David, the Jollyblogger, is reposting some oldies but goodies. In Repentence for the Believer vs. the Unbeliever he writes:
I don't think we can talk about faith building and growing in discipleship apart from repentance. After all, what is Christian growth about? It is about the continual battle with and victory over sin. Christian growth is all about the Romans 7 struggle. It is not about primarily about learning more, doing more and behaving better. It is about winning the war against indwelling sin. And indwelling sin is only conquered through continued application of the gospel, along with faith and repentance.
At Some Thoughts Aron has been posting lengthy quotes from Owen and from Calvin. Rich fare, that. Here's a gem from John Owen:
The humbling of our souls before the Lord Christ, from an apprehension of his divine excellencies--the ascription of glory, honour, praise, with thanksgiving unto him, on the great motive of the work of redemption with the blessed effects thereof--are things wherein the life of faith is continually exercised; nor can we have any evidence of an interest in that blessedness which consists in the eternal assignation of all glory and praise unto him in heaven, if we are not exercised unto this worship of him here on earth.
And Nate at Eight Strings said something a few days back that continues to haunt my thoughts:
Realize that you just don't have "the goods." Believe, live it, love it. You got nothin'. Anything you think you have is actually His. You're not spiritual. You're not rich. You're not talented. God is. The only way to let God's power rest upon you is to know that you are incapable. If you think you earned anything, I guess God's grace is not for you. Don't blame me, I'm just the messenger. (Ps. 14:3, 2Cor 12:9-11)


On Reading

Al Mohler is talking about reading at Together for the Gospel. Hey, my favorite subject! Al lists six pieces of advice for readers, but the one I want to focuse on is the first. Strategize!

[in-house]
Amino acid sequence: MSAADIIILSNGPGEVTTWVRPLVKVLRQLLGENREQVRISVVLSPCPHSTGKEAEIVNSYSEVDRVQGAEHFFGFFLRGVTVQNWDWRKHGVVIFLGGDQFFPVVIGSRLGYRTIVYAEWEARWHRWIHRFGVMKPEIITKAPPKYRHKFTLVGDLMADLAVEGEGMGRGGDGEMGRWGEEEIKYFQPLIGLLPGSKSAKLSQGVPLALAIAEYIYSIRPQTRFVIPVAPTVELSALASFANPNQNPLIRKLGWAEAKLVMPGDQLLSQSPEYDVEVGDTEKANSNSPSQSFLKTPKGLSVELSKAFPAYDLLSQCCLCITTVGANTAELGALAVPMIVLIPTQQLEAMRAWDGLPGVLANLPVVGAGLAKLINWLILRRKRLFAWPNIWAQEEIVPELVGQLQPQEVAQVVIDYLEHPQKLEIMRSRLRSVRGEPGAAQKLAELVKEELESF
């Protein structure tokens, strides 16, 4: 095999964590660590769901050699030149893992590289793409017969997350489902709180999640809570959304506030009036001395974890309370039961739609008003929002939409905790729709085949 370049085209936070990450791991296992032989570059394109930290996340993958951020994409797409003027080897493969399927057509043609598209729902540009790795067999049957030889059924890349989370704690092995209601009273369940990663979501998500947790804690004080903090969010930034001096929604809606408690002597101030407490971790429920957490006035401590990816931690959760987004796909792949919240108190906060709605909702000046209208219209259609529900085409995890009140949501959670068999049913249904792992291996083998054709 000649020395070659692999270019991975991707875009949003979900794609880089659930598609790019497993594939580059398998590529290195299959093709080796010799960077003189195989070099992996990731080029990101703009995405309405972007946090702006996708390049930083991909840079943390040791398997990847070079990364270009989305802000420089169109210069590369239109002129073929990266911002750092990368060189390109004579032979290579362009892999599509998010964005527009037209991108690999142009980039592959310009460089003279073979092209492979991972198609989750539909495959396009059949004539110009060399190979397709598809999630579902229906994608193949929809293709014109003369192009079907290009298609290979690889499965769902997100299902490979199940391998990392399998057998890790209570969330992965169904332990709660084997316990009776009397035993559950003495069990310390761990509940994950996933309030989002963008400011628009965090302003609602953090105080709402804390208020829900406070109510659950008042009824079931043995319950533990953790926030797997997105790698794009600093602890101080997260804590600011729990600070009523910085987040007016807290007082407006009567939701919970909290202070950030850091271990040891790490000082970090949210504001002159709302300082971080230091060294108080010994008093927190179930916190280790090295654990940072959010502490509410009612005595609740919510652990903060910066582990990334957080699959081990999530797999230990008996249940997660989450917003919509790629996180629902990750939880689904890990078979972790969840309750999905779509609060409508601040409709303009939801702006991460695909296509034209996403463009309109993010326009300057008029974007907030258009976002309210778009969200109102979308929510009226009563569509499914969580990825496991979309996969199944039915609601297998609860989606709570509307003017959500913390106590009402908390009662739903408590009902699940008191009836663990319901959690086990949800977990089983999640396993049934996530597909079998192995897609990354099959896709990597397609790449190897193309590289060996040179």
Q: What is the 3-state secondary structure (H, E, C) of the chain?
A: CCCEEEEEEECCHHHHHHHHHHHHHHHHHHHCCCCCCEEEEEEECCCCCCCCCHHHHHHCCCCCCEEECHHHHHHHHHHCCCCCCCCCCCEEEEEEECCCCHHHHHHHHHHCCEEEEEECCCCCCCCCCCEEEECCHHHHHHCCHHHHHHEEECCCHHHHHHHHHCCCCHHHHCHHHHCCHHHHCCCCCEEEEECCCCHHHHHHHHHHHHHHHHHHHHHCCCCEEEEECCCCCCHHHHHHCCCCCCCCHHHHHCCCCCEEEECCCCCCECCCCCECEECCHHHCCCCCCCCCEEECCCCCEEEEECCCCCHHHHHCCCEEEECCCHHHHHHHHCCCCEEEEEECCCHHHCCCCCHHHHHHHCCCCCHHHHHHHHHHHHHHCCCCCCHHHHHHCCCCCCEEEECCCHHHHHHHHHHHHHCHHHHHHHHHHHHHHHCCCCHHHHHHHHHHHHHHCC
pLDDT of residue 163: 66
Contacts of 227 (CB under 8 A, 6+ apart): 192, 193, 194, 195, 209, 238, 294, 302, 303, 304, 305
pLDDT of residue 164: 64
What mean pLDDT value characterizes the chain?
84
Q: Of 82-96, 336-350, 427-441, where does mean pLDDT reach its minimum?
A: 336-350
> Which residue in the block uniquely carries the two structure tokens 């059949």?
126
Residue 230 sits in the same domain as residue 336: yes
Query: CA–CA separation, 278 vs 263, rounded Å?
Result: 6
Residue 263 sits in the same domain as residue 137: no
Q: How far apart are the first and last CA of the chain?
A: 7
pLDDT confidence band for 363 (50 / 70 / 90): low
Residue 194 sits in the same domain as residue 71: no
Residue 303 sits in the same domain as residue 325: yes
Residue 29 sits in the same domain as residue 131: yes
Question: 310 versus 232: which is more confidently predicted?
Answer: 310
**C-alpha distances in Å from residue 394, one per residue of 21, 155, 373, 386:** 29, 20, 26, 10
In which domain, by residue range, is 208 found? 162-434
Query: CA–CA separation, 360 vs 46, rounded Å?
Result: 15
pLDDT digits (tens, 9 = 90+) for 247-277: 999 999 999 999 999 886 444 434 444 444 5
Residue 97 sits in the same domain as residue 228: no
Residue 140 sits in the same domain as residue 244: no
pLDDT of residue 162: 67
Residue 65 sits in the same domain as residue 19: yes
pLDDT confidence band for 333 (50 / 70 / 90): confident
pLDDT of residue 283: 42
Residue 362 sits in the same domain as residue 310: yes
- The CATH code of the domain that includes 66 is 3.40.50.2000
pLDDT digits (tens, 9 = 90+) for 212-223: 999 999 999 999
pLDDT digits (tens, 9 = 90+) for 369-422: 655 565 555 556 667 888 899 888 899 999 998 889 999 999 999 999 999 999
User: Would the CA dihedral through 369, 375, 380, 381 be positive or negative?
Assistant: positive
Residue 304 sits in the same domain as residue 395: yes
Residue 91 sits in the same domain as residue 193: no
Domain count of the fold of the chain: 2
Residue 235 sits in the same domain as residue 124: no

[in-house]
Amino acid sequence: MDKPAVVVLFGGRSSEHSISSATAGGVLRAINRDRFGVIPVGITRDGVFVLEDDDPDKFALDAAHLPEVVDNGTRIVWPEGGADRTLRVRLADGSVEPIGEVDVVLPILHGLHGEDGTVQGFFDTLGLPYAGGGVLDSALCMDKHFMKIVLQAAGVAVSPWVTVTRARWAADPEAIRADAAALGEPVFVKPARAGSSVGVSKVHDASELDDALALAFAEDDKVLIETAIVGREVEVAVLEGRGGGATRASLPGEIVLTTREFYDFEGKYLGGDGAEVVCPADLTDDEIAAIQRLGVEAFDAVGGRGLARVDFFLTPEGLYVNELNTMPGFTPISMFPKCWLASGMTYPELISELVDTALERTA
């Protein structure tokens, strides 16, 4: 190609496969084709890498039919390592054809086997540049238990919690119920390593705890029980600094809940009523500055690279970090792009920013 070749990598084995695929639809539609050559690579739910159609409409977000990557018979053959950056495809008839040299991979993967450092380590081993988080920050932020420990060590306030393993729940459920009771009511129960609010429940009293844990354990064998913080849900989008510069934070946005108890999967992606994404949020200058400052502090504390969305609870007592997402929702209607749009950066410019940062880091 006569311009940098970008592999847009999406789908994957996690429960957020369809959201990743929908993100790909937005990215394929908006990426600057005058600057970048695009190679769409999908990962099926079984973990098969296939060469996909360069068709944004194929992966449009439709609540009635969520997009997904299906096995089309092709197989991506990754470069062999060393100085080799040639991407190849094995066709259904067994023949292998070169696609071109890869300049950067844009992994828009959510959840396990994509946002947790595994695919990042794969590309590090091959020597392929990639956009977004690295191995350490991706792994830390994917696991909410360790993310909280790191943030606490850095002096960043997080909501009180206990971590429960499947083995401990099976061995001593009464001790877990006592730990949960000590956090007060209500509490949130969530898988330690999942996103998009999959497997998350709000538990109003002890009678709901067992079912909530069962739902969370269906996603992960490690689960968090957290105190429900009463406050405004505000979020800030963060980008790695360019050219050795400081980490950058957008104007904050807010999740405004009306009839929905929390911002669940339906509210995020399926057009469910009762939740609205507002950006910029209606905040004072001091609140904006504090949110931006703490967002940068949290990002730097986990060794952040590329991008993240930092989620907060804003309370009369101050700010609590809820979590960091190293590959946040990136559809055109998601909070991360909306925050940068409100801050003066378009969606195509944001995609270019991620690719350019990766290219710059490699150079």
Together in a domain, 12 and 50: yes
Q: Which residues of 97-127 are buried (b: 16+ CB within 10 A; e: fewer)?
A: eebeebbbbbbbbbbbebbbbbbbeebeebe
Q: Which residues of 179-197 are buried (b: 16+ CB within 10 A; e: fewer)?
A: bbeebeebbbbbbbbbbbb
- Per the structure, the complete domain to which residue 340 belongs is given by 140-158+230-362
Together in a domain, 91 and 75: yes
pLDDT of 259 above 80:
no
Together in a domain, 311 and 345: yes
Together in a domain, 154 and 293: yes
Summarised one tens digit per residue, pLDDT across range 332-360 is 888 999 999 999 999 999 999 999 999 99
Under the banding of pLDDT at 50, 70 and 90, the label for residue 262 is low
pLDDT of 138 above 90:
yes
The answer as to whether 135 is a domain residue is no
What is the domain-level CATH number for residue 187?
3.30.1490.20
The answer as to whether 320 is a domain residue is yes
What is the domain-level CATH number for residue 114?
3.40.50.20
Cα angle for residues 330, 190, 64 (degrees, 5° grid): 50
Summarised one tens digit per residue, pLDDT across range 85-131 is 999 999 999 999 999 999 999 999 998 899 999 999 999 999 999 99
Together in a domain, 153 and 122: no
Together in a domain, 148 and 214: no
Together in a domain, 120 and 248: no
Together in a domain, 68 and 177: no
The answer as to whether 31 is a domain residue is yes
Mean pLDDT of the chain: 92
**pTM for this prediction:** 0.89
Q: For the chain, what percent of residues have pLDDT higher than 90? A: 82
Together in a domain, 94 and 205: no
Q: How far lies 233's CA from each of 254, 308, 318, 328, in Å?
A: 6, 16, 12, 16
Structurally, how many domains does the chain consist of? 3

Like me, Al Mohler likes to "strategize" his reading. He talks of maintaining several long-term reading projects. He says that at any given times he is reading in each of the following categories: Theology, Biblical Studies, Church Life, History, Cultural Studies, and Literature. That is, he is pursuing a plan of study in each of these categories all the time! He writes, "I have some project from each of these categories going at all times."

Well, that's setting the bar pretty darn high! Nevertheless, I think it's very good advice. I try to have something going in History, Theology or Biblical Studies (one or the other, but usually not both), devotional or inspirational, and literature, but inevitably one of these categories (at least) seems to fall by the wayside.

I've also returned to an early love, sometimes called imaginative literature or fantasy. Along with my son, Nate, I'm reading George R. R. Martin's A Game of Thrones, which is the first of a 4 book set (thus far). Nate and I are reading the book and blogging about it together at A Blog of Thrones. Not likely to be of any interest to anyone who hasn't read the book (and probably not even to those who have), but it's a way for Nate and I to kind of hang out together around a common interest. BTW, it's a cracking good yarn!

Happy Talk

I love Eight Strings. No, I mean, not just because I know the blogger pretty well (duh), but I just like the blog. In his latest post Nate takes note of an international happiness survey. Turns out that, according to the survey, Americans aren't particularly happy. [Who woulda thunk?] Of course, you don't need a survey to tell you that, but it kind of puts the fact in stark relief. There seems to be no correlation between material prosperity and happiness (or perhaps there's a negative correlation). Nate's advice: "burn everything you own in a pile in the front yard..."

Nate, as far as I know, has not done this yet.


Oden on Grace (3)